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How Stablecoins Can Help the Underbanked

The opinions expressed by columnists are their own and do not necessarily represent the views of
AP Photo/Kin Cheung, File

The Biden administration has made it clear they oppose the potential of stablecoins. But proponents view these private digital tokens, which are backed by reserve assets such as the U.S. dollar and short-term debt (e.g., commercial paper), as serving a key function to ensuring that all Americans have access to financial services. 


Pervasive opposition to digital tokens in the Biden administration could terminate future opportunities for providing capital to Americans that currently lack access to financing and bank deposits. Overregulation will stifle innovative financing products that could help provide capital for the unbanked and underbanked, or individuals who lack sufficient access to financial services. According to a Morning Consult poll, 37 percent of the underbanked population own cryptocurrency compared to only 10 percent of individuals who are fully banked.

Most importantly, the unbanked or underbanked individuals in the United States tend to be minorities. Black and Hispanic households are about five times as likely to be unbanked as white households. According to a survey conducted by the Federal Deposit Insurance Corporation (FDIC), in 2019 “unbanked rates were higher among lower-income households, less-educated households, Black households, Hispanic households, American Indian or Alaska Native” households. 

Rural communities are also more likely to lack access to financial services. The FDIC reported that “64.6 percent of rural households used bank credit, compared with 69.2 percent of urban households and 77.3 percent of suburban households.” 

Finally, low-income households are also disconnected from banking. The FDIC found that “only 37.0 percent of households with less than $15,000 in income used bank credit, compared with 89.9 percent of households with income of $75,000 or more.”


Clearly, digital tokens have potential to offer essential services to minorities, low-income individuals, and rural communities.

In the past year, stablecoins’ market capitalization has grown over 500 percent to over $127 billion as of last month. The meteoric rise of stablecoins has garnered a lot of attention from federal officials who view stablecoins as operating in a similar fashion to money market funds. Several officials in the Biden administration have raised concerns that this growth increases the potential for runs on stablecoins which could lead to broader financial instability.

This month, the President’s Working Group on Financial Markets, the FDIC, and the Office of the Comptroller of the Currency (OCC) published a report on stablecoins that asked Congress to pass legislation that would only allow federally insured depository institutions to issue stablecoins. The report also says that the Securities and Exchange Commission (SEC) and the Commodity Futures Trading Commission (CFTC) have broad authority to regulate stablecoins.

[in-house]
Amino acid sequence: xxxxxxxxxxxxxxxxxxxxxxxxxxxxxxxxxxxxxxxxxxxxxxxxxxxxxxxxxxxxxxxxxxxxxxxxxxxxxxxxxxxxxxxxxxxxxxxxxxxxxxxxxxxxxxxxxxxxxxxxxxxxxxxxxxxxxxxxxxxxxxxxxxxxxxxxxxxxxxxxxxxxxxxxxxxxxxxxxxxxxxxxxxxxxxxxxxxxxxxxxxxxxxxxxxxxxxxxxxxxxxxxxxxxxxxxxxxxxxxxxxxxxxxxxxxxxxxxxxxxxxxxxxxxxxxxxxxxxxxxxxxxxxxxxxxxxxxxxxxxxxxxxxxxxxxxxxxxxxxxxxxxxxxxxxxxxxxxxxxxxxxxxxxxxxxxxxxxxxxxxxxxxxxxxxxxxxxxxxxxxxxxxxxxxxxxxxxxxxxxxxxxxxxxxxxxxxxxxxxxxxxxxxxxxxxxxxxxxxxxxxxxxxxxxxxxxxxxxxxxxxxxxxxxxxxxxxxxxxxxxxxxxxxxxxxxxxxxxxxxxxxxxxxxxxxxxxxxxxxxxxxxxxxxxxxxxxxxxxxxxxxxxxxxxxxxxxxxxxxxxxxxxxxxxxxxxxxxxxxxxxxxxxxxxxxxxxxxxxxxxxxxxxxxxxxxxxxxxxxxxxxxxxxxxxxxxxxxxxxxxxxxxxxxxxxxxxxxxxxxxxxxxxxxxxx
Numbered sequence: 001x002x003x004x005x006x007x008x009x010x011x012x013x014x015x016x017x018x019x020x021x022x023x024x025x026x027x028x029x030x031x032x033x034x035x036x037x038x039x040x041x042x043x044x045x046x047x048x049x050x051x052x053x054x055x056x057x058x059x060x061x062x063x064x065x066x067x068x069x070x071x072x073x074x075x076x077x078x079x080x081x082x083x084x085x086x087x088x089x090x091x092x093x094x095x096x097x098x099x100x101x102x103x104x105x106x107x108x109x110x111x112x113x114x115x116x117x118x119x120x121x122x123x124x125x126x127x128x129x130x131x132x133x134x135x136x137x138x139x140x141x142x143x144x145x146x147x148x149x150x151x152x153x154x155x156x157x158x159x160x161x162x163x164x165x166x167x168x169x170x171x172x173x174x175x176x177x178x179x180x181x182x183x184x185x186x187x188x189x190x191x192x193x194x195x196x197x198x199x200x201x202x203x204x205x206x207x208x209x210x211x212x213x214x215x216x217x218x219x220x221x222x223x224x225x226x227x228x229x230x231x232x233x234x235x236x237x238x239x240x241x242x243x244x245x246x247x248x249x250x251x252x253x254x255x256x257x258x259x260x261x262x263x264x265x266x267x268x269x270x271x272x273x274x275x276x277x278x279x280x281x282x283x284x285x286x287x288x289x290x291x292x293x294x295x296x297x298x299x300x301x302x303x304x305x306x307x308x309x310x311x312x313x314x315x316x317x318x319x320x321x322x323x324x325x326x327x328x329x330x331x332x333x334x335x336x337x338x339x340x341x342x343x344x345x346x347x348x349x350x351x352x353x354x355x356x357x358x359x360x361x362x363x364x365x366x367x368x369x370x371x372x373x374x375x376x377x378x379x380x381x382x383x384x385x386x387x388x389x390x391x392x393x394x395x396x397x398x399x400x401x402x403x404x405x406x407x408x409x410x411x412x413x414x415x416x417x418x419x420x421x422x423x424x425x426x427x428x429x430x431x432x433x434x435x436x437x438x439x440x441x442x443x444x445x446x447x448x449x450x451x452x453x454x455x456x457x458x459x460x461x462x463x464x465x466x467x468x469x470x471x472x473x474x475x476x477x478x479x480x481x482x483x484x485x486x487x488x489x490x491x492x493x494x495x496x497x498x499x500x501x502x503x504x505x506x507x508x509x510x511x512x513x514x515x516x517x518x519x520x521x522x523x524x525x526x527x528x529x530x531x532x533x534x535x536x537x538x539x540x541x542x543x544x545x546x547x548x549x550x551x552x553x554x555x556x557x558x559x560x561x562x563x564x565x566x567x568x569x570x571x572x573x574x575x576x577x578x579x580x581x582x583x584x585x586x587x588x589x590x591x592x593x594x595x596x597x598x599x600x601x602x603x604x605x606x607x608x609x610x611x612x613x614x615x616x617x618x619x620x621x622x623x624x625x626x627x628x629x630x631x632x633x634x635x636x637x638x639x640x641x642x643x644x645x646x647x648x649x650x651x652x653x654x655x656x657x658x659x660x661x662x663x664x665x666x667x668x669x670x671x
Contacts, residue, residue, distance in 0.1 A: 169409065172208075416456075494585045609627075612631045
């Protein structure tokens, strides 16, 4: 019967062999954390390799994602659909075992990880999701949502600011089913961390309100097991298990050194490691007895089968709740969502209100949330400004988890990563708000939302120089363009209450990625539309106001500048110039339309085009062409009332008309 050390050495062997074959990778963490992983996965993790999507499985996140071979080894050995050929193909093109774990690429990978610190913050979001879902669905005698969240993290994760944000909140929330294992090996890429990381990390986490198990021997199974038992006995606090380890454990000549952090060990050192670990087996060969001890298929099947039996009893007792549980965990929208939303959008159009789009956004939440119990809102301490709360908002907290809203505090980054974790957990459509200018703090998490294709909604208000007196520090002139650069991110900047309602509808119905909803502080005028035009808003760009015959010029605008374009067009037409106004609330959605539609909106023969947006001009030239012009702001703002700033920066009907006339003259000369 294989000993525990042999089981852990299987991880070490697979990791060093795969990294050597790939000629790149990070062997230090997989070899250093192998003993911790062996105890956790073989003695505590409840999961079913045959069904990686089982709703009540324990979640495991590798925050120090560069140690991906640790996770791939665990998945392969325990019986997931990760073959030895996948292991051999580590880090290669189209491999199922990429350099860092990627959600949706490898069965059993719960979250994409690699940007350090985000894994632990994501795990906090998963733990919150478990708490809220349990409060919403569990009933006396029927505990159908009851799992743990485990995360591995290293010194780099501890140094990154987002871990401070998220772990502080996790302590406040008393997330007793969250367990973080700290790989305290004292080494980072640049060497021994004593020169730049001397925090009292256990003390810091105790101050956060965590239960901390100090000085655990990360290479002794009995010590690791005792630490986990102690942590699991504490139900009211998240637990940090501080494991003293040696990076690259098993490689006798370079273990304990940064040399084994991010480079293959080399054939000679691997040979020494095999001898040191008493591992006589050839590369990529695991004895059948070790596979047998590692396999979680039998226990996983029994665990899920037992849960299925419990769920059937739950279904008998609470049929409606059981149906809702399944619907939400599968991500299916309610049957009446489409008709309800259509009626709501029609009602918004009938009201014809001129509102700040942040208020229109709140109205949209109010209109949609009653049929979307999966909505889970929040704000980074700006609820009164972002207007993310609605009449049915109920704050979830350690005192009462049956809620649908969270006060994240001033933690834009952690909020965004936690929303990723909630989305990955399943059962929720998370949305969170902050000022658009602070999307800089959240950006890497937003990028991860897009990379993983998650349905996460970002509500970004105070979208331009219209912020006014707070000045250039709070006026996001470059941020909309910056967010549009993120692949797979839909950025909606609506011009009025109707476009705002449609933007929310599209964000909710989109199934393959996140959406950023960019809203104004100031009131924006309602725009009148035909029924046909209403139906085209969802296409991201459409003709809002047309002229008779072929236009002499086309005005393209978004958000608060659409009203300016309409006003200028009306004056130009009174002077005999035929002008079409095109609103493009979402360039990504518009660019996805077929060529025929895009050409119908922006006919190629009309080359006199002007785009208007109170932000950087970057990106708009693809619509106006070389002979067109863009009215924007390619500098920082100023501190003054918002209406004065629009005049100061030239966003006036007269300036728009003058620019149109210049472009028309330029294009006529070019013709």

Additionally, while waiting for legislative action, the report encourages the Financial Stability Oversight Council (FSOC) to designate stablecoins as “systemically important” to the financial ecosystem thus imposing stringent risk-management requirements on the tokens.  

While these concerns are understandable, the key to ensuring that investors are protected from bad actors is by providing accurate disclosure information that details the structure of the stablecoins. The Cato Institute has outlined a detailed framework for stablecoins that will protect investors and promote innovation. The framework would amend current statute so that issuers of digital tokens are regulated as “limited purpose investment companies” and have certain collateral requirements they must meet. The proposal would also require the issuers to disclose “a detailed explanation of its reserve holdings” including the value of the assets and the percentage of each asset. For example, how much of the stablecoin is backed by the U.S. dollar versus short-term debt. 


Following the publication of the Biden administration’s report on stablecoins, Acting Comptroller of the Currency, Michael Hsu, recently said that stablecoin development is “not what you want” and that the outcomes of innovation are “not going to be good.”

Given that the OCC regulates national banks, and the Comptroller of the Currency is a voting member on the FSOC, Acting Comptroller Hsu’s remarks are especially worrisome for stablecoins and private digital tokens in general. Even more concerning is the current nominee to run the OCC, Saule Omarova, a critic of digital tokens. Bloomberg reported in September that “if Omarova is confirmed by the Senate, the OCC would likely go even further in pursuing stricter oversight of digital tokens and tougher rules.”

Skepticism toward stablecoins could stymie important innovations in financial services. For example, according to a paper published by the Bank for International Settlements, Meta’s stablecoin could be used across “Facebook Pay, WhatsApp Pay and Instagram Pay, with potentially rapid access to hundreds of millions of retail customers in a very short period.” Additionally, stablecoins could soon play a key role in novel crypto products offering dividend-like yields. 

Congress should think hard about how to promote the usage of stablecoins without compromising investor protections. Whatever Congress decides on should expand financial services to those who need it and encourage innovation within the industry. 


Bryan Bashur is a Federal Affairs Manager at Americans for Tax Reform and executive director of the Shareholder Advocacy Forum.

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